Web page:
The Roycean: From Manchester to Crewe, via Derby – Vol. 1
The Roycean is a new annual journal containing scholarly articles on the history of Rolls-Royce and (Derby- and Crewe-built) Bentley motorcars up to the 1960s, as well as articles on coachbuilders, dealers, the personalities involved with the cars, individual models of the cars made, and interesting owners. (The city names in the subtitle refer to the places at which these cars were built at various times.) The list of contributors to this inaugural issue is impressive, including marque specialists Tom Clarke, John Fasal, Will Morrison and Steve Stuckey, in addition to specialist researchers Richard Forder (who has published on coachbuilders S&P Forder and Bradburn & Wedge) and James Fack (who has published on the Hudson Terraplane, coachbuilder Atcherley, and prewar Talbot cars).
The primary purpose behind this journal was to make available specifically to a UK and European readership some of the highly focused material that had been published in specialist magazines and journals elsewhere, i.e. in the USA and Australia.
Since such journals are usually available only by subscription they are thus self-limited and not in general circulation. Over time, if met with success, the scope of The Roycean may well change to feature original material not published previously elsewhere. The journal aims to provide a wide range of material along the lines of The Rolls-Royce Owner magazine issued only eight times during 1963–64 by Jeremy Bacon. This magazine, now much sought after, introduced new enthusiasts to car discoveries, historical material not seen before, and created a new appreciation of the company’s achievements (Rolls-Royce absorbed Bentley in 1931; the marques were split again in 2001 when then owner Vickers sold the company at auction, with Bentley going to Volkswagen and Rolls-Royce to BMW). The Royceanstrives to emulate Jeremy Bacon’s valuable contribution all those years ago.
The first edition contains an in-depth study of the life of Charles Rolls by Tom Clarke, timed for this centenary year of his death on July 12, 1910. “Charles Rolls: one hundred years on” contains a wealth of new material that has emerged about Rolls in the last few years, and in particular new knowledge of Rolls’ flying experiments of a much earlier date than previously realized. This particular article, incidentally, is merely a taste of a new book the author is currently working on that will materially revise and expand what we thought we knew of Charles Rolls.
There is also an updated article by the Australian Rolls-Royce Phantom III expert Steve Stuckey, “Weighty matters, or how to make a Continental Phantom III”. This article investigates the extensive work aimed at reducing the weight of the Phantom III, both directly by Rolls-Royce on the chassis and by encouraging coachbuilders to reduce the body weight.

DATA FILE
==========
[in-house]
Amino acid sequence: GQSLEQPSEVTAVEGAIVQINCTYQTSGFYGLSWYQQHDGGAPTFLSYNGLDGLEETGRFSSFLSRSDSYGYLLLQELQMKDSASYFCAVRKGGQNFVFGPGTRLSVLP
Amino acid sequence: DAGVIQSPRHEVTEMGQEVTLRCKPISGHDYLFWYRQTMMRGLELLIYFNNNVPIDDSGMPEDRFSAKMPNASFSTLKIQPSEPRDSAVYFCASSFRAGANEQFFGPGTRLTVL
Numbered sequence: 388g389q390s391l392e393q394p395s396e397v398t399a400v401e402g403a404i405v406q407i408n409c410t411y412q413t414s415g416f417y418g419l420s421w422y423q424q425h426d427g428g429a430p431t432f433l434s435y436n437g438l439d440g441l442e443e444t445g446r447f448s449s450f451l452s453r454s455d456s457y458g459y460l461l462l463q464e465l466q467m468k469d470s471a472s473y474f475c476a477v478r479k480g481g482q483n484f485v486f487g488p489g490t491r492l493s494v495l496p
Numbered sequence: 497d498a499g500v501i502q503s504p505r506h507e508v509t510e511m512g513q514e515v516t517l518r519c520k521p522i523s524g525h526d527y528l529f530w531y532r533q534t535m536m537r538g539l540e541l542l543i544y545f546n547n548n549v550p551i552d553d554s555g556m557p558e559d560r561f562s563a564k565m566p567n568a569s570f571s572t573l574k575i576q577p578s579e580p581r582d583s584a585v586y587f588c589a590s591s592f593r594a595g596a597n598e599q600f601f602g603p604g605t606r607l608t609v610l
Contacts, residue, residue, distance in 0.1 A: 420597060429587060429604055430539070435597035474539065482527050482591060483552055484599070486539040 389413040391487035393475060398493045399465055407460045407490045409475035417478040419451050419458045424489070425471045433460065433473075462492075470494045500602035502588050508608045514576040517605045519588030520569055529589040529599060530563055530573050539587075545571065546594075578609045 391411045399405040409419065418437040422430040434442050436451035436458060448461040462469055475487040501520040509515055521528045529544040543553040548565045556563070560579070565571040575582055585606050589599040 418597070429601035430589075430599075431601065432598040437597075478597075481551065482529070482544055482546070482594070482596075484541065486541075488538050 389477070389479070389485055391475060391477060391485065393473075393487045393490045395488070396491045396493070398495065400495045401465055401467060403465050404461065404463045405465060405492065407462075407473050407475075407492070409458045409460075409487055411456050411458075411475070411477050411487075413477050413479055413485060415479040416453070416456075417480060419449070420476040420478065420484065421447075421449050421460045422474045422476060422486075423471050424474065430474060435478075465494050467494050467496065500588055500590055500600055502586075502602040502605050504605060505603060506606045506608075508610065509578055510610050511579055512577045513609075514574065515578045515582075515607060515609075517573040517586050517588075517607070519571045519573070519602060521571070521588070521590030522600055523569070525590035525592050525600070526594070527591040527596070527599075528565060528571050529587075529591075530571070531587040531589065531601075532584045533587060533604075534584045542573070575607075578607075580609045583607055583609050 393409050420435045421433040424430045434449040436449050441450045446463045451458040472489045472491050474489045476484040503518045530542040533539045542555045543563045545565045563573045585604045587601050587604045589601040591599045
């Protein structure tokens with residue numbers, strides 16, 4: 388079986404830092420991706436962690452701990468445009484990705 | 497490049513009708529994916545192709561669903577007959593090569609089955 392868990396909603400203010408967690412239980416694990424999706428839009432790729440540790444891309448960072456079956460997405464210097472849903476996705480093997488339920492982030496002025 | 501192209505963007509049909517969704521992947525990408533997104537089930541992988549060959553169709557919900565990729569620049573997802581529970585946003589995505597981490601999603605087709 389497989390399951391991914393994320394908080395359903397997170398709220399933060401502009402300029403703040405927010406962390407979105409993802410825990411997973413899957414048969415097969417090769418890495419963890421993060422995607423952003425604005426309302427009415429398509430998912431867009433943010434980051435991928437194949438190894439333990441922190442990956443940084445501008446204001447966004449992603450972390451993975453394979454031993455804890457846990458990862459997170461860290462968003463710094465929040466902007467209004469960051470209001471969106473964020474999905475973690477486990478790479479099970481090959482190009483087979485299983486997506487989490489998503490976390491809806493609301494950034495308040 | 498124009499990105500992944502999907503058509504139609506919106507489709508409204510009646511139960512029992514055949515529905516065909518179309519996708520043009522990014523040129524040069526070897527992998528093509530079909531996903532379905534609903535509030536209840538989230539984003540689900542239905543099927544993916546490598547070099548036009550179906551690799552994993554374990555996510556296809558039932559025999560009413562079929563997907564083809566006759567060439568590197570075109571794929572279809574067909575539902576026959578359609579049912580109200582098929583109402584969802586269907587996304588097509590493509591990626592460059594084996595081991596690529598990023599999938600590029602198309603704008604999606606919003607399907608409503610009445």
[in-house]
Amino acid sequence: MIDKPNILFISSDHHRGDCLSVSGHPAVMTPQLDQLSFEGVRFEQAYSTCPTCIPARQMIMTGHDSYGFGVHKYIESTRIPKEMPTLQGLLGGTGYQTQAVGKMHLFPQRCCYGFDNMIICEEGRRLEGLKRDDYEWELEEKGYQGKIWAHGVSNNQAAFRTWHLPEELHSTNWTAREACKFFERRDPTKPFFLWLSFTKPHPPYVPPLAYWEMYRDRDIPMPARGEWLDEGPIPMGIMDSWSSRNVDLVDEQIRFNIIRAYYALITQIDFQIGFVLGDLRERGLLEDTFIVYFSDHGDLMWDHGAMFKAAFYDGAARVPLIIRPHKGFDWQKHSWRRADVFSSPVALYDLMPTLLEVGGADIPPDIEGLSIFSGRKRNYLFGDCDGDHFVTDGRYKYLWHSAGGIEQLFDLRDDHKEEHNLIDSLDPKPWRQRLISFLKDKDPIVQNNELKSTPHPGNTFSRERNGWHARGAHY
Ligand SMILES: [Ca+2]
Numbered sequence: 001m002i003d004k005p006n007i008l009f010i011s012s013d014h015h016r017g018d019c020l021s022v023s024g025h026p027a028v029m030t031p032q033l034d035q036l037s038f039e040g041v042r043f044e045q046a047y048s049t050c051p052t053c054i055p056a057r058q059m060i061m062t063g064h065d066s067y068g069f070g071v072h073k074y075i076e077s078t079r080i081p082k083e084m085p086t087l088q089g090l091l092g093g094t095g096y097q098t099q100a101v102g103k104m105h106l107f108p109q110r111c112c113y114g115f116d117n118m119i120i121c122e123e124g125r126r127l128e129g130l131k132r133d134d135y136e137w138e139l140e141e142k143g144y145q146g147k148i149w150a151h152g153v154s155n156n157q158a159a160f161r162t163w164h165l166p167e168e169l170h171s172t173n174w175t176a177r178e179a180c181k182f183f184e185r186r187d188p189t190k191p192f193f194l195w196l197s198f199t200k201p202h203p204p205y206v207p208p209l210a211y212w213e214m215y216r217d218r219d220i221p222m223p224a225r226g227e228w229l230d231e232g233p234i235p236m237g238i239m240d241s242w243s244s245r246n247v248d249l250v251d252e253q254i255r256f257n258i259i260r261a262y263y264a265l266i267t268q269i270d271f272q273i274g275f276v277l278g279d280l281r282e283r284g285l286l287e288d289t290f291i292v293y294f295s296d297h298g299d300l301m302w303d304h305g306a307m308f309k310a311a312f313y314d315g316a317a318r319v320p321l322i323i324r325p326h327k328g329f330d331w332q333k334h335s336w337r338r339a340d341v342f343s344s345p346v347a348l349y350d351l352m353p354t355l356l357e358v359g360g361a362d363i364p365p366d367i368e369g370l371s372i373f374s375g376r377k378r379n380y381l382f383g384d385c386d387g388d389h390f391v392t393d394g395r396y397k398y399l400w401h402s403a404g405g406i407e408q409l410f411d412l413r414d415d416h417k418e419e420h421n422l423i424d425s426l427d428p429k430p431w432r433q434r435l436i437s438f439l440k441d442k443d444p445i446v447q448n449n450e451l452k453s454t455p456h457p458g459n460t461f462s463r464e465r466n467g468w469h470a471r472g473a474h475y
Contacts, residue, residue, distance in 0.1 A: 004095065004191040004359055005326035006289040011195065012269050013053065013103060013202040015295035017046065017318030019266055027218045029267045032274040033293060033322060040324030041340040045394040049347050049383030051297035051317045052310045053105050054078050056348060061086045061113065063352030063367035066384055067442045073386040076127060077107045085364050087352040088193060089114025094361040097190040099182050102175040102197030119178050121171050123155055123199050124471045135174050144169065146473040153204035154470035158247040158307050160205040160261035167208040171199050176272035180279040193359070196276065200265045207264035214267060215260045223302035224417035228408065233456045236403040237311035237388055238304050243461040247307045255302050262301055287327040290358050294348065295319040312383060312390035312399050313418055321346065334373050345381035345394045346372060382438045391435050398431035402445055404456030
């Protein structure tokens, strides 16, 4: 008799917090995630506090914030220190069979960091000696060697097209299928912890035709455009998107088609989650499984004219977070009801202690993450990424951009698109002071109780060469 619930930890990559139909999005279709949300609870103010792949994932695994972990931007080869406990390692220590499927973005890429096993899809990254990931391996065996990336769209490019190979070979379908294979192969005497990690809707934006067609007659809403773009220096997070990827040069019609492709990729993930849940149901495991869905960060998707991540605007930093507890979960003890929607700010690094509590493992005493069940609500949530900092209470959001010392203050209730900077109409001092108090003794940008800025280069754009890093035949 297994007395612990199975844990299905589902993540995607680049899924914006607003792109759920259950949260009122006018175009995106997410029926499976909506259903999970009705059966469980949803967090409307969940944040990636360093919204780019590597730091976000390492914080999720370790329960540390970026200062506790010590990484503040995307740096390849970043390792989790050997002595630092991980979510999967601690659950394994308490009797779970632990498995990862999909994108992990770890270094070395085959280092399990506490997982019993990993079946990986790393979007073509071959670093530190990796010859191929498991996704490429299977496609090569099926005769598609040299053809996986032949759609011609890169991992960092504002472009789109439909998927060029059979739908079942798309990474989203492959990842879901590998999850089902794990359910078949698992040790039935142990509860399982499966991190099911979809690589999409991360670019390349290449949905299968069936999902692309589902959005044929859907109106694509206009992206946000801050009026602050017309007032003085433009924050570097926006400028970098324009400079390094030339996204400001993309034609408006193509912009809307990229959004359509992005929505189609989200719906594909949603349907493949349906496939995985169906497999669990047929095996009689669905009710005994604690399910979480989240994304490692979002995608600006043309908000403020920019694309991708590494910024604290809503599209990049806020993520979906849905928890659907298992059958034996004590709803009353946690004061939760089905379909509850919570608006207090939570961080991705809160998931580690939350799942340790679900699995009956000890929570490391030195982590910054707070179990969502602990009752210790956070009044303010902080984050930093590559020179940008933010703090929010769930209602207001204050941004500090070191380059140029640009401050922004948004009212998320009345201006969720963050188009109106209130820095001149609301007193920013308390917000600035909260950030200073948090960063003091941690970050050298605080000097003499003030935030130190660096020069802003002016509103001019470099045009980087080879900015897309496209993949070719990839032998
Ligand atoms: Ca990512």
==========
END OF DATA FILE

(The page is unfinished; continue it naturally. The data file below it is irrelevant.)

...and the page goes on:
Will Morrison, a UK researcher specializing in coachbuilder histories has contributed “Frederick Henry Royce and the Roberts boys”, revealing the story of the previously little known firm of Roberts of Manchester, which supplied the body for Henry Royce’s first ever car, chassis number 15196. When the Roberts brothers separated, one of them moved north to nearby Preston, and the histories of both the Manchester and Preston firms are related here.
“Full circle: a Silver Ghost and its Sheffield connections” by Richard Forder traces the little known Sheffield coachbuilding firm of Pickford, Trown & Co. “The best client of Rolls-Royce: the Maharaja of Patiala” by John Fasal is a foretaste of his forthcoming epic work Rolls-Royce and Bentleys in Princely India illustrated with several photographs from the author’s collection. “The Rolls-Royce racer: Eddie Hall and the Ards T.T.” by James Fack tells the story of the 1934 Tourist Trophy and gives the reader all the excitement of being there.
Other features include a design for a V-front saloon on the 40/50 hp chassis by J.&C. Cooper from Cooper’s Vehicle Journal of 1920, “The Phantom II Continental” is a reproduction of a four-page period Rolls-Royce brochure, and “Postwar recovery” showcases a series of 28 photographs of post-WW II coachwork from Tom Clarke with notes and captions by Will Morrison.
Comprising seven major articles and over 104 pages, illustrated with many high quality black and white photographs, and color outer and inner covers, this is an essential acquisition for the serious historical enthusiast.
Copyright 2010 Steve Hubbard/Sabu Advani (speedreaders.info)